Some would attribute the melding of hip-hop and R&B into today’s dominant party music to producer Teddy Riley’s new jack swing. Despite Riley being its pioneer, others would argue the great figure of such melding—or welding, maybe—is producer Dallas Austin, who worked extensively with TLC. Syd, frontwoman and mastermind behind The Internet, taps into this same spirit with her solo debut Fin, bringing better lyrics to the fold, resulting in what could be one of the strongest albums in the legacy of the hybridized genre.
Fin confidently reinvents a music made for bumping and grooving with a lyrical prowess that burns slowly, confessionally, as if a descendant of James Baldwin’s autobiographical and sometimes erotic writing, like Giovanni’s Room; “Dollar Bills” may be the most literate way of singing about striptease in the history of R&B. “All About Me” is Syd singing bars about herself, like a rapper would spit them. Meanwhile, the entrancing, synth-powered groove of “Shake Em Off” and “Body” are a showcase for her phenomenal falsetto.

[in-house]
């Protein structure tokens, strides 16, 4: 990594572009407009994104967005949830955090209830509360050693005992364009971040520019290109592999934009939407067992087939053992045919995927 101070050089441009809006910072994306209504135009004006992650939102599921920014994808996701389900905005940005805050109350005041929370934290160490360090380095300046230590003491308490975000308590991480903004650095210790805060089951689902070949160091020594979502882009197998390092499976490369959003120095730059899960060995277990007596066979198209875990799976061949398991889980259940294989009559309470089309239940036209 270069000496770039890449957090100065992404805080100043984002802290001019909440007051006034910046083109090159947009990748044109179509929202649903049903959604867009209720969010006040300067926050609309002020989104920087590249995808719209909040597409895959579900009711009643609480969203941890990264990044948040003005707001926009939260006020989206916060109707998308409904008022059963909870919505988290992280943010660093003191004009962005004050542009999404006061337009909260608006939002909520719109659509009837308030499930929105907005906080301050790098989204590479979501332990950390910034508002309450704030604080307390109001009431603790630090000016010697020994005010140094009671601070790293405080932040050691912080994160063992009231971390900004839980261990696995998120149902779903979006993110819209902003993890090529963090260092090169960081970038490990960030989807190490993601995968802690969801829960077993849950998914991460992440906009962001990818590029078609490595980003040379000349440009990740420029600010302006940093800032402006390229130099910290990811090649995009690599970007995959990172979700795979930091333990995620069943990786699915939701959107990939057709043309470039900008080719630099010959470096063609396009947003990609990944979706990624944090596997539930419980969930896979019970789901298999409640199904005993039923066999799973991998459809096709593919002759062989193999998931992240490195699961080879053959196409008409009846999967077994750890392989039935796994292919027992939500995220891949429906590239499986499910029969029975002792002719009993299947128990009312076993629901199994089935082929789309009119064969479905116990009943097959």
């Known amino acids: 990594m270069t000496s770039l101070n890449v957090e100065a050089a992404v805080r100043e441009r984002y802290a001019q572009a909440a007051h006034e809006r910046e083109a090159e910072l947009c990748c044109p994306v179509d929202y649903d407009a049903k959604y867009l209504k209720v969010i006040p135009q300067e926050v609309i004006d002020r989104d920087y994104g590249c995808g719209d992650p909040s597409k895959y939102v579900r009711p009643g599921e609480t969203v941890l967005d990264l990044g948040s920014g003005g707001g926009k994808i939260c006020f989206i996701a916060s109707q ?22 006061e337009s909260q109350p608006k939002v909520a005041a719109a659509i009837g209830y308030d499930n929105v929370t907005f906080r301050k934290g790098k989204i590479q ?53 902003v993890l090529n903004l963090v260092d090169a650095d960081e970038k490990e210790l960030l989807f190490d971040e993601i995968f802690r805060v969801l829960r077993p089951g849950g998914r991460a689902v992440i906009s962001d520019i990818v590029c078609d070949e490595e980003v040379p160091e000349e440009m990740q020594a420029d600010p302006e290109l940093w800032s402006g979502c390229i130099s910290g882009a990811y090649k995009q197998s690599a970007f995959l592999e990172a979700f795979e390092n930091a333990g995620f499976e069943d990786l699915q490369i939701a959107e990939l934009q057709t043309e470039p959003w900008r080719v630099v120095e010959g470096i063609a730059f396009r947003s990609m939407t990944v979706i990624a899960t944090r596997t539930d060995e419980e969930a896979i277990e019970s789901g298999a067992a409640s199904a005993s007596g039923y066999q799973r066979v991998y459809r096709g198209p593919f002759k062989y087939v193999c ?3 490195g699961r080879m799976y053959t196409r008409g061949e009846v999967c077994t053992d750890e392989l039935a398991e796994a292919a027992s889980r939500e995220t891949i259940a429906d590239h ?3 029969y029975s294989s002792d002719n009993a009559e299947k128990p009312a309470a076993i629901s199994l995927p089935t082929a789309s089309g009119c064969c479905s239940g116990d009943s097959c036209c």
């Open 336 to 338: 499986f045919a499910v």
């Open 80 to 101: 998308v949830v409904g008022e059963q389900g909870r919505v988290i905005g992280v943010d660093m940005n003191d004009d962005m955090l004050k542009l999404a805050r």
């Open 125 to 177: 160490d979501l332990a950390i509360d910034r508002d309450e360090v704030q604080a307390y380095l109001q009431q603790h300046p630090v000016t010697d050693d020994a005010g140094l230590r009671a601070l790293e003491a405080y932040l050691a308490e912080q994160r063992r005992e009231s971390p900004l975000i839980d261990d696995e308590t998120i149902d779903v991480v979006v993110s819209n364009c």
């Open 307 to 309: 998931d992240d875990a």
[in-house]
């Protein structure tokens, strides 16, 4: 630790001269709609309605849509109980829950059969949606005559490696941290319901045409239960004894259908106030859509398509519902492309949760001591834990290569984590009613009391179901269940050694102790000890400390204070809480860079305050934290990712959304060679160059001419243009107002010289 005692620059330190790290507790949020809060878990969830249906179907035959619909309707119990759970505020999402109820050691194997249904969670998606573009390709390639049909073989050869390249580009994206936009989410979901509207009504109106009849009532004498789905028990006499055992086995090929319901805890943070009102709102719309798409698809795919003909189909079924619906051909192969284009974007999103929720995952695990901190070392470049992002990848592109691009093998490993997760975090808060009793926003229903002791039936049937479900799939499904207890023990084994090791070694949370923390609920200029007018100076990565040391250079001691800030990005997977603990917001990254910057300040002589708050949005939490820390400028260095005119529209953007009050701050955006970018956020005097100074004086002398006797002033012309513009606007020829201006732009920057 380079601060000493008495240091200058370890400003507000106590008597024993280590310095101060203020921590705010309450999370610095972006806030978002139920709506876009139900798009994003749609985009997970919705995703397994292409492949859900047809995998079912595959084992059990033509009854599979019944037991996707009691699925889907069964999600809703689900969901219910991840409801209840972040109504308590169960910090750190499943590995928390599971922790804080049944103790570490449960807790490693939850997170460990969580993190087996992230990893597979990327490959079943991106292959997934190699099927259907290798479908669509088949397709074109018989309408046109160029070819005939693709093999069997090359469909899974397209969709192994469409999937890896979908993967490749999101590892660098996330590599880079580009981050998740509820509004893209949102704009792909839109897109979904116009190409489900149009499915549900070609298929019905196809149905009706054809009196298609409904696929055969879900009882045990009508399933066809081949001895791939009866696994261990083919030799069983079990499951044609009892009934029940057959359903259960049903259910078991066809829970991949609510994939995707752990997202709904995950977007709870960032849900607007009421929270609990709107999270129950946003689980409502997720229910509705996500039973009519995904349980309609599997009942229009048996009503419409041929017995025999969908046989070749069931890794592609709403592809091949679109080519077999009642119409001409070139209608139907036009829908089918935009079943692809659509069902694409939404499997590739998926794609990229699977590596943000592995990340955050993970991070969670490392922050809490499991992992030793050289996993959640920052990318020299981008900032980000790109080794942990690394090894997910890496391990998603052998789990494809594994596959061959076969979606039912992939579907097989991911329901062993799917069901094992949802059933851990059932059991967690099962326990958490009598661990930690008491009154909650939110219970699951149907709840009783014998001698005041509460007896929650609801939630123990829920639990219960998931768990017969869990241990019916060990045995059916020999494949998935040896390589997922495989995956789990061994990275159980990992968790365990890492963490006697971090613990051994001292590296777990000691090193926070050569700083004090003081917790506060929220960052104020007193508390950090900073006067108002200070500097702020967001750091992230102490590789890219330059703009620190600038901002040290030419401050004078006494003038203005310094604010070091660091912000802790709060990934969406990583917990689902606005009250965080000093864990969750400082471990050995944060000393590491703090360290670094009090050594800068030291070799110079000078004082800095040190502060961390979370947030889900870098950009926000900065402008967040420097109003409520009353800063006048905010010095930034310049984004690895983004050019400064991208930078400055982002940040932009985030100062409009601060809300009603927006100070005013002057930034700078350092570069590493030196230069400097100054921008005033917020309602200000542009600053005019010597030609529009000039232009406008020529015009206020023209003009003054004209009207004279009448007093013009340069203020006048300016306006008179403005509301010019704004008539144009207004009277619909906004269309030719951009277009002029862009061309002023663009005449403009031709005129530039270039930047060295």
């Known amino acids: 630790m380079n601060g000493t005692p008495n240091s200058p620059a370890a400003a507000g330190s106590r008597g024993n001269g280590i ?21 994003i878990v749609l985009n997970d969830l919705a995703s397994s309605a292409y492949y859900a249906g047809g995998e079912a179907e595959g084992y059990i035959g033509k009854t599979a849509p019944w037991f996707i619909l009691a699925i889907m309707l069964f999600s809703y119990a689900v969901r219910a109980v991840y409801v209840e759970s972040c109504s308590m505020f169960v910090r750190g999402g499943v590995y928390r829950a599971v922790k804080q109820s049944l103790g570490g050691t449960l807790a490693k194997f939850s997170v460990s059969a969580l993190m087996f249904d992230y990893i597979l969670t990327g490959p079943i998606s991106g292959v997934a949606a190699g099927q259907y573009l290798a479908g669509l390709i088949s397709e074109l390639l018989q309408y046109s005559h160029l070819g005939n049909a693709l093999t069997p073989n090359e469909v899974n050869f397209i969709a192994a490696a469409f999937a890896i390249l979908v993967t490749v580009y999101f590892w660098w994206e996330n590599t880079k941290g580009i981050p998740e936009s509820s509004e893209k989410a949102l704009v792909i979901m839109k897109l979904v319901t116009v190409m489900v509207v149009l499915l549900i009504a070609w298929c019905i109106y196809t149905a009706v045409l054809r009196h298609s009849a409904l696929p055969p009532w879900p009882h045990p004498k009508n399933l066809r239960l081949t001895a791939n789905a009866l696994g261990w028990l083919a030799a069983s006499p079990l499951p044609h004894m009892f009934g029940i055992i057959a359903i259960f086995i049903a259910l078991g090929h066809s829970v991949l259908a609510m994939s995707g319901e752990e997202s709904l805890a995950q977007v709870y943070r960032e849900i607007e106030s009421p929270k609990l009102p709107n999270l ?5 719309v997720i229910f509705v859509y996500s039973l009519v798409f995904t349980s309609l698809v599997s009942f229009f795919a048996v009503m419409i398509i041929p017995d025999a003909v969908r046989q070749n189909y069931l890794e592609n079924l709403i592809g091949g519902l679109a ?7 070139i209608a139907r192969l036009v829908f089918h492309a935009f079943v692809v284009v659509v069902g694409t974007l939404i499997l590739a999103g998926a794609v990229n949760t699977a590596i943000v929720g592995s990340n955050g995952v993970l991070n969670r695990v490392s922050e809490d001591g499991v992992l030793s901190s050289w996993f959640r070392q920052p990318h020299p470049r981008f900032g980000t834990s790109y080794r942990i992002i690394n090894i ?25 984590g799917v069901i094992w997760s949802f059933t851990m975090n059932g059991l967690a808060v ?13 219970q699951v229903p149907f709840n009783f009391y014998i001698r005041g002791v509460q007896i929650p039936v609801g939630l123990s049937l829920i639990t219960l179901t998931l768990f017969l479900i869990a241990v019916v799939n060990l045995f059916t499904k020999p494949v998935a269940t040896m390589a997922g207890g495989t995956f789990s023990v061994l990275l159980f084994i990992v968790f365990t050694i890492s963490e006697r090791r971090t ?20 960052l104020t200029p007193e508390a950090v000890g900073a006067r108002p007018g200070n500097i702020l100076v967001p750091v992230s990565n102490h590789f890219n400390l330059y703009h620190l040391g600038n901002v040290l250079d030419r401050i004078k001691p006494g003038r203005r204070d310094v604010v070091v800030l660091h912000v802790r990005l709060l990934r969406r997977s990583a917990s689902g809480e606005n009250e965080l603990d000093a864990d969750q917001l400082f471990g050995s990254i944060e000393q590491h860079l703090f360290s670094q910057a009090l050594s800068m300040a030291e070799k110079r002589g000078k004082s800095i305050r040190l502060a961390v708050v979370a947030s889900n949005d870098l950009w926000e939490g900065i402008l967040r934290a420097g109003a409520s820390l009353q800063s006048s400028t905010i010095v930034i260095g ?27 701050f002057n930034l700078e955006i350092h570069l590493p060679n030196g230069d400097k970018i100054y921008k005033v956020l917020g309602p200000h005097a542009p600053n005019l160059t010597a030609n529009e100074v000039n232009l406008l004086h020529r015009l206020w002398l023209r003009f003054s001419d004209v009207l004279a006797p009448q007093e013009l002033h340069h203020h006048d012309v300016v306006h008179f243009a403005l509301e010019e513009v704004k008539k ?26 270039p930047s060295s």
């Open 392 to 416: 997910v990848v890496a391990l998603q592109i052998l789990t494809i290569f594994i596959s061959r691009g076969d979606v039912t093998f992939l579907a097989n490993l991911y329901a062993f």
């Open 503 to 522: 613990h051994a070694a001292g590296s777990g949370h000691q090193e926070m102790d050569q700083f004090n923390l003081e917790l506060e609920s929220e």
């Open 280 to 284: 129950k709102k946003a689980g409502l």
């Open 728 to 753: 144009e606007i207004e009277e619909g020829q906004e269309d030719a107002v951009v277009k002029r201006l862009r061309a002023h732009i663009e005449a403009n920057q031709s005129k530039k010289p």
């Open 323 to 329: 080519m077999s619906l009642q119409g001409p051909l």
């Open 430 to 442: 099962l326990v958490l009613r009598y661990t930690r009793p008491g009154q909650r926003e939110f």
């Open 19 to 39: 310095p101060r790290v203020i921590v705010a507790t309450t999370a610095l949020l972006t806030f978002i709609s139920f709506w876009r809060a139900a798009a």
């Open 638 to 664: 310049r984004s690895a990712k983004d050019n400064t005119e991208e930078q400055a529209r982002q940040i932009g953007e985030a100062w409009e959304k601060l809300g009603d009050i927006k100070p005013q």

As great of producers as Teddy Riley and Dallas Austin were, the songs they produced (TLC’s “Automatic,” say, or “Cross the Room” by Monica) made sure to keep their lyrics simple and straightforward to keep the focus on the vibe. Perhaps because she’s a songwriter by trade in addition to being a producer, with Fin, Syd has proven herself to be an auteur.